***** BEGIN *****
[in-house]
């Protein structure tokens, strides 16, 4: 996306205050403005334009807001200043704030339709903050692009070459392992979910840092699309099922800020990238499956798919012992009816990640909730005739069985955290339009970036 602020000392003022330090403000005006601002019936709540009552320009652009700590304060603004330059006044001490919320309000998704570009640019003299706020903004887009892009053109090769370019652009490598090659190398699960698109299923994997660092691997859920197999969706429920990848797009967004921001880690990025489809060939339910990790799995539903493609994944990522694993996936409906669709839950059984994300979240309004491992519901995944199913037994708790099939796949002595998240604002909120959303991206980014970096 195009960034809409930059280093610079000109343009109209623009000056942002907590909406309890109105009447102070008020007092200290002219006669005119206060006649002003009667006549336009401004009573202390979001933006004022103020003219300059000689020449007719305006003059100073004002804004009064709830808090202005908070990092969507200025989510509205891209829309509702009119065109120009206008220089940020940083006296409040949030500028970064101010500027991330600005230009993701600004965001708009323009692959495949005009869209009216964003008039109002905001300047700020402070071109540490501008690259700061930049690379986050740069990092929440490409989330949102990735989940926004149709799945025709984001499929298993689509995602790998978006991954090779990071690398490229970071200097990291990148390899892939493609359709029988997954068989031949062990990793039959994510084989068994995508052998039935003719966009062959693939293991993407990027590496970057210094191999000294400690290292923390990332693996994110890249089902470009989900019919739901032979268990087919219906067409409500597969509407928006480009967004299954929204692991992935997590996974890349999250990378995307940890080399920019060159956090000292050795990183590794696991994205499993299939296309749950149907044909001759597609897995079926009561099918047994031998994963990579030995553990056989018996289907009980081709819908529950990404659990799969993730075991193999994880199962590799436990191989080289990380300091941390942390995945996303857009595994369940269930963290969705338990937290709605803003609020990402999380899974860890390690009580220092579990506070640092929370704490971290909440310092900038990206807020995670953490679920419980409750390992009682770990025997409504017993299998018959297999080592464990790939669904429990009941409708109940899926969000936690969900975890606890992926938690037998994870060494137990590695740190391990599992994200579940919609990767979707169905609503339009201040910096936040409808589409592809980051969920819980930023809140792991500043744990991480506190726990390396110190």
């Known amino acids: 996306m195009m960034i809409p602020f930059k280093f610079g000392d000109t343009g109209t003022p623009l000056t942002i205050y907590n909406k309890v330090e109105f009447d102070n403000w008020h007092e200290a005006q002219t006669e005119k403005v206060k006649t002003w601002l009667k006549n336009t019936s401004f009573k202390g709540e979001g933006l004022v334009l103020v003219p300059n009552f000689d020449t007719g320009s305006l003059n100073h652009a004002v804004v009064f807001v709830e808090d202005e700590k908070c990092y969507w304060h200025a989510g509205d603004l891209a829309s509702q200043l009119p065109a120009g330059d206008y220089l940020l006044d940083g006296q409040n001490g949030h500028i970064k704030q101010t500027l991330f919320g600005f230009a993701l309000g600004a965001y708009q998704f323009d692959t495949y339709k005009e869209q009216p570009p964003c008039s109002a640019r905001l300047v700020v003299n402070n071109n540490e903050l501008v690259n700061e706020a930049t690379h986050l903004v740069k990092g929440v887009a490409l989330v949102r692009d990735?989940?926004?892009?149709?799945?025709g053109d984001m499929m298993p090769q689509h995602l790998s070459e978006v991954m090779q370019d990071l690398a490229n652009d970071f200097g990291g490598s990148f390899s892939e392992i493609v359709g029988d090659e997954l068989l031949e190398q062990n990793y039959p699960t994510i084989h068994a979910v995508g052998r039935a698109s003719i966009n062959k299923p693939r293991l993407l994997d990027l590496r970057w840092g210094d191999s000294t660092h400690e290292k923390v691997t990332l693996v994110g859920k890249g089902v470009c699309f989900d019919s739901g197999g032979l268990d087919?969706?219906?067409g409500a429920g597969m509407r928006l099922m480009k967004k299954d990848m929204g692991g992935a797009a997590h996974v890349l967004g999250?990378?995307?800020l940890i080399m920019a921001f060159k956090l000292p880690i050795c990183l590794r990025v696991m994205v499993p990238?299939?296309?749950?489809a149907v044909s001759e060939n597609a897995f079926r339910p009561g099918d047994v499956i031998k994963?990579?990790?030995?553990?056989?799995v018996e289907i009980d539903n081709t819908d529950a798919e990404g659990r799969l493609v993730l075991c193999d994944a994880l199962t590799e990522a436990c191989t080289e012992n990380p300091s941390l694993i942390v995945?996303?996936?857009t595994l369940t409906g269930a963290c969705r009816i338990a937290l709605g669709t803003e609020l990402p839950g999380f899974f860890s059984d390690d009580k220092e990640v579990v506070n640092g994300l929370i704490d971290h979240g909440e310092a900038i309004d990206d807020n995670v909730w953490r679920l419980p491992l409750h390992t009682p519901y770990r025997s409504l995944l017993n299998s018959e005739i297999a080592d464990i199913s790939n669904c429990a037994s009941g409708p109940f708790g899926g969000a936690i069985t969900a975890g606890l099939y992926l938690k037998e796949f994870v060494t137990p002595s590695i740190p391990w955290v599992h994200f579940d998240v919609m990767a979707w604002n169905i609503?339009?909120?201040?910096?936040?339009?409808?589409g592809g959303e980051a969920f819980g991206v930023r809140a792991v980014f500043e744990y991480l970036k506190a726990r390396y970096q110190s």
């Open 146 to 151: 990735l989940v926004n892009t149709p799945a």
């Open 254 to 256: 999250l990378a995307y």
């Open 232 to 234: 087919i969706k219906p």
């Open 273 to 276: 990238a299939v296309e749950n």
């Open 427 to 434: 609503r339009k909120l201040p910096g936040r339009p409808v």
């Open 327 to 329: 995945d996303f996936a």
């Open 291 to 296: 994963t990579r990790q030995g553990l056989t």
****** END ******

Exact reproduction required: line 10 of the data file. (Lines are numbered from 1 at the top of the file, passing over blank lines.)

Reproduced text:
């Open 291 to 296: 994963t990579r990790q030995g553990l056989t």